Inter-basin water transfers and the expansion of aquatic invasive species.
Aldridge, David C
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Gallardo, B., & Aldridge, D. C. (2018). Inter-basin water transfers and the expansion of aquatic invasive species.. Water Res, 143 282-291. https://doi.org/10.1016/j.watres.2018.06.056
Inter-basin Water Transfers (IBWT) are recognized as one of the major pathways of freshwater invasion. They provide a direct link between previously isolated catchments and may modify the habitat conditions of the receiving waters such that they become more favourable for the establishment of invasive species. Combined, IBWT and invasive species will intensify the stress upon native species and ecosystems. Using the Severn and Thames Rivers -two of the largest river systems in Great Britain-as a case study, here we assess the potential influence of IBWT on the expansion of invasive species and thus their impact on biodiversity conservation. The Thames Valley is subject to extensive water abstraction, and an increasing population means that supplemented flow from the River Severn is being considered. Multi-scale Suitability Models, based on climate and water chemistry respectively, provided novel evidence that there is serious risk for further spread of invasive species in the focus area, particularly of the quagga mussel, a recent invader of the Thames River. Native freshwater mussels are particularly vulnerable to changing environmental conditions, and may suffer the decrease in alkalinity and increase in sedimentation associated with an IBWT from the lower Severn to the upper Thames. Regional models suggest considerable overlap between the areas suitable for three vulnerable native freshwater mussels and the expansion of invasive species that negatively impact upon the native mussels. This study illustrates the use of novel spatially-explicit techniques to help managers make informed decisions about the risks associated with introducing aquatic invasive species under different engineering scenarios. Such information may be especially important under new legislation (e.g. EU Invasive Species Regulation No 1143/2014) which increases the responsibility of water managers to contain and not transfer invasive species into new locations.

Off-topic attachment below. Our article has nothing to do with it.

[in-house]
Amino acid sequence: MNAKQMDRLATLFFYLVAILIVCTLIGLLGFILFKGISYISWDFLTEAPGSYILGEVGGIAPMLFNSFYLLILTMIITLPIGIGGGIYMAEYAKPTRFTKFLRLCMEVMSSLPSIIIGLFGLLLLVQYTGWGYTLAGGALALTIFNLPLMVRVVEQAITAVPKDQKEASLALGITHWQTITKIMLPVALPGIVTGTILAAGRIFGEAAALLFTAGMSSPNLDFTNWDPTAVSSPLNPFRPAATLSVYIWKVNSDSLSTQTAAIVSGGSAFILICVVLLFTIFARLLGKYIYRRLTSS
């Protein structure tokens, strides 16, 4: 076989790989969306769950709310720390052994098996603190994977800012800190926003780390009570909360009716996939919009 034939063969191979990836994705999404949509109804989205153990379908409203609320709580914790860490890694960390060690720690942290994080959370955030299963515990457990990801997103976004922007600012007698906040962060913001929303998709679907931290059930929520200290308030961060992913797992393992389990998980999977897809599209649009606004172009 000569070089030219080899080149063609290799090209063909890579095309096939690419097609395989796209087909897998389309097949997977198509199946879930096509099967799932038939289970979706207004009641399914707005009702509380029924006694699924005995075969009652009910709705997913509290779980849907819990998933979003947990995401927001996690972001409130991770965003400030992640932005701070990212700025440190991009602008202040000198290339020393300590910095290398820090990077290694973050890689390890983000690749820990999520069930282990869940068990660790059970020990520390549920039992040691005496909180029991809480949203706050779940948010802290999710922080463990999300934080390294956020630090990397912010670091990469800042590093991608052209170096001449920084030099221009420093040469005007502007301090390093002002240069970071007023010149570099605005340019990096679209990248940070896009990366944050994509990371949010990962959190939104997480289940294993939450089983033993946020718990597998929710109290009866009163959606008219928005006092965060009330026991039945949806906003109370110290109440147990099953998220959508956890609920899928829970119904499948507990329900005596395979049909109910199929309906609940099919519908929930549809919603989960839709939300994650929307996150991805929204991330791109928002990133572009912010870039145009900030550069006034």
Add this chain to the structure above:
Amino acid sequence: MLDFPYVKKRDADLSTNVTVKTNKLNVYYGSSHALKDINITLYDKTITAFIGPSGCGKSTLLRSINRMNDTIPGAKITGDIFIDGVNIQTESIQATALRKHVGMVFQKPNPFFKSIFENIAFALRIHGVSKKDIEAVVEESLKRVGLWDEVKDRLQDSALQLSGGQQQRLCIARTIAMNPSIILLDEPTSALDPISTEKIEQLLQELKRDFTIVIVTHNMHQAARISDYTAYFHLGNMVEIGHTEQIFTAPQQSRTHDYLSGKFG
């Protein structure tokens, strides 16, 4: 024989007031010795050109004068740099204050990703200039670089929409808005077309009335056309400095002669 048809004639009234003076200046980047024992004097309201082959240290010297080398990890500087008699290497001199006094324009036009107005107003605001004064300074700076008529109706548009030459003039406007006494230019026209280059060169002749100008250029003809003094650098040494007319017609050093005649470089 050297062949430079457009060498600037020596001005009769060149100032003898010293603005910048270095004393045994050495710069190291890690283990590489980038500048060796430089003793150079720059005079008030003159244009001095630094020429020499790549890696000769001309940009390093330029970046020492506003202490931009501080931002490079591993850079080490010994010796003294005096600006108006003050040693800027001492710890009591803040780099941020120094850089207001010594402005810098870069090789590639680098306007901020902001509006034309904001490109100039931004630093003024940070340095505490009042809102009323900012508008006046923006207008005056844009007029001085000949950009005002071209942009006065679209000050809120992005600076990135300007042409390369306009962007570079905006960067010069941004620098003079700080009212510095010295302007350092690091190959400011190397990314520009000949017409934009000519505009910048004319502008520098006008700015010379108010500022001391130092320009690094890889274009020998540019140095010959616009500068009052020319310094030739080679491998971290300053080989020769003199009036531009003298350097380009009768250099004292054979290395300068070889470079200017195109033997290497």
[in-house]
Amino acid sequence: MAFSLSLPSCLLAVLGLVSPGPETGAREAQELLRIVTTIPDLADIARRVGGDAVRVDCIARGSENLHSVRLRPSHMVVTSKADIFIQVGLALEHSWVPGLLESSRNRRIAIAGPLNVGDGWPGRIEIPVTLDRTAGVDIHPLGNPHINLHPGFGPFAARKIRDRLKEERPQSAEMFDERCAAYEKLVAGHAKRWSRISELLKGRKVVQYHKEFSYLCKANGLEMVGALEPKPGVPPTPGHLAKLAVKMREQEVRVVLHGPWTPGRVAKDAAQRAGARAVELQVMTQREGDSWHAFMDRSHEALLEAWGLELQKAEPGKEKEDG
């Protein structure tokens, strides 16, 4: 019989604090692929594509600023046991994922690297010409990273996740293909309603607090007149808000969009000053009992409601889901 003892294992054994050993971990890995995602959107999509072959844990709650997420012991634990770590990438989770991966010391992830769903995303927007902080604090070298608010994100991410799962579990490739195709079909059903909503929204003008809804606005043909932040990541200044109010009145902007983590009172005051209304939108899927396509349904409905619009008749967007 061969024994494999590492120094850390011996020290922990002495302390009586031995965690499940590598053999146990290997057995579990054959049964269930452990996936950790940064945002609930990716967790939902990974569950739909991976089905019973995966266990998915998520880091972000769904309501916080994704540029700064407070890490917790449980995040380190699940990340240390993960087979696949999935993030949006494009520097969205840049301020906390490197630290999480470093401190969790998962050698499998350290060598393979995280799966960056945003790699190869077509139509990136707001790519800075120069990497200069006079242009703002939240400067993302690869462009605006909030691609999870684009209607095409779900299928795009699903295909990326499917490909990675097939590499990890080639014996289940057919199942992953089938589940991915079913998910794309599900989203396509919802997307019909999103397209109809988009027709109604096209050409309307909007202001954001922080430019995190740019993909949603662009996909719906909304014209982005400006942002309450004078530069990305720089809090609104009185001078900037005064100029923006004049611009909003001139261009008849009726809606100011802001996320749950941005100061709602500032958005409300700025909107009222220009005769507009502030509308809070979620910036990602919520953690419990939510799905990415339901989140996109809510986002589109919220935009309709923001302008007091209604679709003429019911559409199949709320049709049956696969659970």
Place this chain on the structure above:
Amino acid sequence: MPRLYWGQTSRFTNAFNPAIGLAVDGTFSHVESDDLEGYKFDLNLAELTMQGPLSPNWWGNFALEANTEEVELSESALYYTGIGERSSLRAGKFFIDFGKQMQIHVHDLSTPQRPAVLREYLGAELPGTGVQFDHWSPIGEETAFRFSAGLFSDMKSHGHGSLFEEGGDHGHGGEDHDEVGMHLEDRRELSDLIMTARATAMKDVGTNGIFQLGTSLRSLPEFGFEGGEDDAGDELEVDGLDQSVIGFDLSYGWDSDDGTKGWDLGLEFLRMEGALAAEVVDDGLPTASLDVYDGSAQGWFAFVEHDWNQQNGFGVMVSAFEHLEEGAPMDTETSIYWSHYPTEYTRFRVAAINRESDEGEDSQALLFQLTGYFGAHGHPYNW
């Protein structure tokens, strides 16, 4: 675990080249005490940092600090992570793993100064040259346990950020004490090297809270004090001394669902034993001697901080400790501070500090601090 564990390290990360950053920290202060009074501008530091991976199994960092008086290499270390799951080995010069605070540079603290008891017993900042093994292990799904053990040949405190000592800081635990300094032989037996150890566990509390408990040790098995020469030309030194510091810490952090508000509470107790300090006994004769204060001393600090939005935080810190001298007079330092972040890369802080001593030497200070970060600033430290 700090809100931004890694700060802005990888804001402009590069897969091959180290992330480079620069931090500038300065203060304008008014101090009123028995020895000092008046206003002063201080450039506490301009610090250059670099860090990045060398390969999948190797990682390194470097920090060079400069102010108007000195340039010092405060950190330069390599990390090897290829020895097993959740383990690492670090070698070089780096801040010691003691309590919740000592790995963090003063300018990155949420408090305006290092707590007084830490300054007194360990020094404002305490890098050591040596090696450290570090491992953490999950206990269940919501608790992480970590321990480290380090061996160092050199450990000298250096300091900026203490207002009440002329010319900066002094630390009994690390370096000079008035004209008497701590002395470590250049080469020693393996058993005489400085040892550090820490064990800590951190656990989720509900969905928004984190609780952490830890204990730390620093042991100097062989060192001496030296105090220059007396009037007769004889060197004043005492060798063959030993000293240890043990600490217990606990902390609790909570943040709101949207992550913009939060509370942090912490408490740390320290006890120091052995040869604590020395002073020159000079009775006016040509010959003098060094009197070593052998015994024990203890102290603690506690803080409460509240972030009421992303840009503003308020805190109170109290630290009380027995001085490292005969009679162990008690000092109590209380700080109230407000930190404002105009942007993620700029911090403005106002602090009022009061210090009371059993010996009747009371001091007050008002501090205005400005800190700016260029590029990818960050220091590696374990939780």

Climate change, Exotic species, Landscape connectivity analysis, Quagga mussel, Species distribution models, Water engineering, Animals, Aquatic Organisms, Biodiversity, Bivalvia, Ecosystem, Fresh Water, Introduced Species, Models, Biological, Rivers, United Kingdom
External DOI: https://doi.org/10.1016/j.watres.2018.06.056
This record's URL: https://www.repository.cam.ac.uk/handle/1810/282901
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